Doctor's Review: Medicine on the Move

November 22, 2017
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Glasgow's renaissance

The rediscovery of an architectural legacy has energized Scotland's forgotten city

In 1953, I spent some time in Glasgow, Scotland, as a somewhat reluctant British Royal Air Force conscript. The city was dirty and depressing and, in places, dangerous. The week's excitement came on Saturday night after the pubs closed. That's when Celtic and Rangers soccer supporters tried to knock each other senseless. It also rained a lot. I couldn't wait to get back to England.

Returning recently, I hardly recognized the place: Glasgow has been reborn. Shipbuilding and heavy industry have been replaced by high-tech enterprises, the slums are gone, and elegant Victorian and Georgian sandstone terrace houses have shed a century of grime. To crown the city's comeback, Glasgow was named European City of Culture in 1990 -- but it's still a good idea to pack an umbrella.

As part of the city's regeneration, its rich Victorian architectural heritage is being protected. The jewel in Glasgow's crown is the remarkable legacy of Charles Rennie Mackintosh. Architect, artist and designer, Mackintosh was one of the most brilliant exponents of the Art Nouveau style and, like Gaudí in Barcelona, left a permanent stamp on his native city. After decades of being ignored, Mackintosh's impact is now one of the key elements in drawing visitors to Glasgow. The city is even bidding for World Heritage status on this basis.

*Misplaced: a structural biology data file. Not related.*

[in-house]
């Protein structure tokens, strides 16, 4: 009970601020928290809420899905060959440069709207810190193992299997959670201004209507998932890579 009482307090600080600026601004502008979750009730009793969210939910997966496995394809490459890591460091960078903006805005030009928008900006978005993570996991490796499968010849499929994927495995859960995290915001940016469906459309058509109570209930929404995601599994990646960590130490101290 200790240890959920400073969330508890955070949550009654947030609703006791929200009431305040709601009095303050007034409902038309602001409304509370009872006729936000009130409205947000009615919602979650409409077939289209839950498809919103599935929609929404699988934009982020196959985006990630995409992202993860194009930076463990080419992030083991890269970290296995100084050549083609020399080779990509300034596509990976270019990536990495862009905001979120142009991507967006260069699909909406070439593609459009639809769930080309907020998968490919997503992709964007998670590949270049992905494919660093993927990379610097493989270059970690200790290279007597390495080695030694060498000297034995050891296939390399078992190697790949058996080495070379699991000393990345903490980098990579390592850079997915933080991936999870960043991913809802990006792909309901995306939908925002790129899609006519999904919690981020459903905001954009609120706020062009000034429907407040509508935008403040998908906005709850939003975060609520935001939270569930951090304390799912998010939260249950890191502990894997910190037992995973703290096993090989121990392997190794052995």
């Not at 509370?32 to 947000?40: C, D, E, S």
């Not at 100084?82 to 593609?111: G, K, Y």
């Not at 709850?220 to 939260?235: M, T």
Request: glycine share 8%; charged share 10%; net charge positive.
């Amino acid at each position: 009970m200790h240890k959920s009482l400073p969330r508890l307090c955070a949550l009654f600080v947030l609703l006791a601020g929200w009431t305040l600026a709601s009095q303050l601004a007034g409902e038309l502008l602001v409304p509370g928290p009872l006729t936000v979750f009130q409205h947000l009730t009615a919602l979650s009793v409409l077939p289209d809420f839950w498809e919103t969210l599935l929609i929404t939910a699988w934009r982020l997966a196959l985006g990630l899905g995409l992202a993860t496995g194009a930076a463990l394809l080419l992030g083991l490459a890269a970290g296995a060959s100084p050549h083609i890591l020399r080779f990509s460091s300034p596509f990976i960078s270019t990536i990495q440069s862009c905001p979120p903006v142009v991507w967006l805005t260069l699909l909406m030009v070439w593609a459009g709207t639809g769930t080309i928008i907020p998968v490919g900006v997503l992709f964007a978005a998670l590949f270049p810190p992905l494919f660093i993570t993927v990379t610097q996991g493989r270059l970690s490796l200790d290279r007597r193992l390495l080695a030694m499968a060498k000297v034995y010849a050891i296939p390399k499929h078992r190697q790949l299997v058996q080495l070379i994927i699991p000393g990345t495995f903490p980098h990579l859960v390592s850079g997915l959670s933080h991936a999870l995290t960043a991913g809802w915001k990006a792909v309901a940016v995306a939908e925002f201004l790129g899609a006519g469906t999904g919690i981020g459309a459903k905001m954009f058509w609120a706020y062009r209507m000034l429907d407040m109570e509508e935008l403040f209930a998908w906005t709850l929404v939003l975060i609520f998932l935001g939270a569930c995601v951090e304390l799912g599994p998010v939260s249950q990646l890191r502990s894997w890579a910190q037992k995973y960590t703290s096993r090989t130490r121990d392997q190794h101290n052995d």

Building Up His Art
Born in 1868, Mackintosh went on to become an apprentice with the architectural firm of Honeyman and Keppie, while also attending evening classes at the Glasgow School of Art with his friend Herbert McNair. There they met Frances and Margaret Macdonald. Together formed an artistic collaboration known as the Glasgow Four. For years, Mackintosh was torn between the two disciplines: by day he worked at architecture, but in the evening he explored his artistic side.

Like architect Frank Lloyd Wright, who was born in Wisconsin one year earlier than the Scot, Mackintosh rejected the ornate, contemporary Victorian style in favour of a simplified form of architecture in which buildings, their interior space and the objects within them became a complete and unified work of art.

In his earliest buildings there are stylistic glimmers of what was to come. Mackintosh was only 27 when he won the competition to design a new Glasgow School of Art, the building generally considered to be his masterpiece. Begun in 1897 and built in two stages that effectively spanned Mackintosh's entire design career, it has been called the most important building worldwide in that decade. Robert Venturi, an American architect/critic, has gone so far as to proclaim the long north facade of the building, with its huge studio windows, "one of the greatest achievements of all time, comparable in scale and majesty to Michelangelo."